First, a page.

Charlie Bolden, nominee to head NASA, gets a warning at Senate confirmation hearing Cleveland.com
Committee members largely praised Bolden, a 62-year-old retired Marine Corps general who would be the space agency’s first black leader. Still, Bolden came under intense questioning from Sen. Jay Rockefeller, Democrat of West Virginia, who chairs the committee. He twice questioned Bolden on what he would do to reinvigorate an agency that he said has suffered from “some really bad mess-ups,” including two shuttle disasters.
AllGov.com has a look at Charles Bolden, who rose from the segregationist South to become President Barack Obama’s nominee to head up NASA. The confirmation hearing is scheduled for 2 pm EDT today. If confirmed, the former space shuttle commander will be the first African American to lead the space agency.
President Orders Sweep U.S. Space Policy Review Space News
U.S. President Barack Obama has given his administration until Oct. 1 to scrutinize existing national space policy as part of a sweeping review that could culminate in a new strategy governing American civil and military space activities.
Thomas Kalil, the deputy director for policy with the Office of Science and Technology Policy, has posted a blog entry (reproduced below) in which he asks for ideas on prizes that the government could sponsor.
In recent years, there has been a renaissance in â€œincentive prizesâ€ â€“ which reward contestants for achieving a specific future goal.
Lawmakers Concerned about NASA’s Human Spaceflight Future Space News
During a series of budget hearings last week, lawmakers pressed acting NASA Administrator Chris Scolese to concede that U.S. President Barack Obama’s five-year budget plan does not support a robust human spaceflight program capable of delivering astronauts to the Moon by 2020.
Below is a transcript of the call that President Barack Obama put in to the space shuttle Atlantis yesterday. During the call, he chats with the crew and promises to name a new NASA Administrator soon.
The Associated Press reports that although Barack Obama and Charles Bolden met earlier today, there’s no word on whether the president offered the former astronaut NASA’s top job:
White House spokesman Nick Shapiro said Obama met with Charles Bolden, a former shuttle commander and retired Marine major general. Shapiro says they spoke about ideas for making NASA stronger, their commitment to space exploration and Bolden’s ideas for the agency’s future.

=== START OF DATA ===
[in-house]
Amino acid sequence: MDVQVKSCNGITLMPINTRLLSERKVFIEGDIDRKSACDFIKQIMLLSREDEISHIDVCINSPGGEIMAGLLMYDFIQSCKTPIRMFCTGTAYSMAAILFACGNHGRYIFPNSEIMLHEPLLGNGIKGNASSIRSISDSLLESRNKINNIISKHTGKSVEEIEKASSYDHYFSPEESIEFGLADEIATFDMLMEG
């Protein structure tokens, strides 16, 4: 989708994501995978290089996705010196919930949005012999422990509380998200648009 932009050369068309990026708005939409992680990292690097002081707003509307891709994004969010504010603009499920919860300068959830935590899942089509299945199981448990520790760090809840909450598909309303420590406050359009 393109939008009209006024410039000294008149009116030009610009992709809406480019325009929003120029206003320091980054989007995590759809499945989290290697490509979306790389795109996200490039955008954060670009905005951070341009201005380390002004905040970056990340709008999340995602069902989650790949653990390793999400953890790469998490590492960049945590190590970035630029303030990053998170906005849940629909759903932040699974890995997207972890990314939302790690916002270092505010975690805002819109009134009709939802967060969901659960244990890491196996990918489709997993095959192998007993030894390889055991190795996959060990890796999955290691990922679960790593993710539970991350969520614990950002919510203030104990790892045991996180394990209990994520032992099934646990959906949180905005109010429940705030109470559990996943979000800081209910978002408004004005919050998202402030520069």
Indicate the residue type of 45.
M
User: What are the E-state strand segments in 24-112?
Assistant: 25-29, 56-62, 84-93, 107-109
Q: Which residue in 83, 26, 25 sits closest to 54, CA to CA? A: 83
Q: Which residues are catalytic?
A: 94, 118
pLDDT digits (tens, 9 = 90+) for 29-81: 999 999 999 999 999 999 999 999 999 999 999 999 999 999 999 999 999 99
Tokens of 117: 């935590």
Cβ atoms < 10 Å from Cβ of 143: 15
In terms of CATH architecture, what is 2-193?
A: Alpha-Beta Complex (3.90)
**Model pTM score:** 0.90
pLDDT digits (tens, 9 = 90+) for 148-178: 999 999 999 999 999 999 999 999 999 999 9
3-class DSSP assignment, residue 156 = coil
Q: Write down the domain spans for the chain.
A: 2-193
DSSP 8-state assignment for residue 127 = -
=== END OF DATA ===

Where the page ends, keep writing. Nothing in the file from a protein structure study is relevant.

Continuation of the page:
The administration isn’t expected to announce a new NASA chief immediately.
President Barack Obama postponed his meeting with former NASA astronaut Charles Bolden Jr. until Tuesday morning because an earlier meeting with Israeli Prime Minister Binyamin Netanyahu ran longer than expected.
Bolden is the front-runner for NASA administrator, a post that has been vacant since Mike Griffin resigned on January 20.
Space News is reporting that Charles Bolden is surprised by news of his supposed nomination as NASA’s new administrator:
U.S. President Barack Obama’s science adviser told Congress May 14 a NASA administrator will be announced “very shortly,” and government and industry sources said the top choice for the job is retired Marine Corps Maj. Gen. Charlie Bolden, a former astronaut who served as a NASA assistant deputy administrator in the early 1990s.
However, reached by phone May 15, Bolden told Space News he had not been asked to take the job and had no plans to meet with White House officials to discuss it.
“I am hearing the rumors, and as far as I know there is no truth in the rumors,” Bolden said. “You can’t say ‘yes’ or ‘no’ when you haven’t had a conversation. I haven’t had that conversation and I don’t have one scheduled.”
NBC News is reporting that former astronaut Charles F. Bolden Jr. will “likely” be named the new head of the space agency next week:
Former astronaut Charles F. Bolden Jr. will meet with President Obama in the Oval Office on Monday morning and likely will be appointed the new NASA administrator, a senior administration official told NBC News on Thursday.
If he is chosen as expected, Bolden, a veteran of four spaceflights with more than 680 hours in Earth orbit, would be the first African-American appointed to NASA’s top post. Bolden retired from the Marine Corps in 2003 as a major general.
Gov. Charlie Crist should act at once to reorganize the agency, naming a space industry expert to the leadership post. He should also consider other reforms and is under growing pressure to do it, with Nelson saying Friday, â€œItâ€™s time to clean house at Space Florida and move ahead with an aggressive schedule for a commercial space industry in Florida.â€
The Space Foundation has released the following statement from Space Foundation Chief Executive Officer Elliot Pulham regarding the FY2010 NASA Budget Request:
“The NASA budget proposal is disappointingly business-as-usual. Despite what appears to be an increase to the top line, the NASA budget continues a more-than-two-decade decline in real, inflation-adjusted dollars.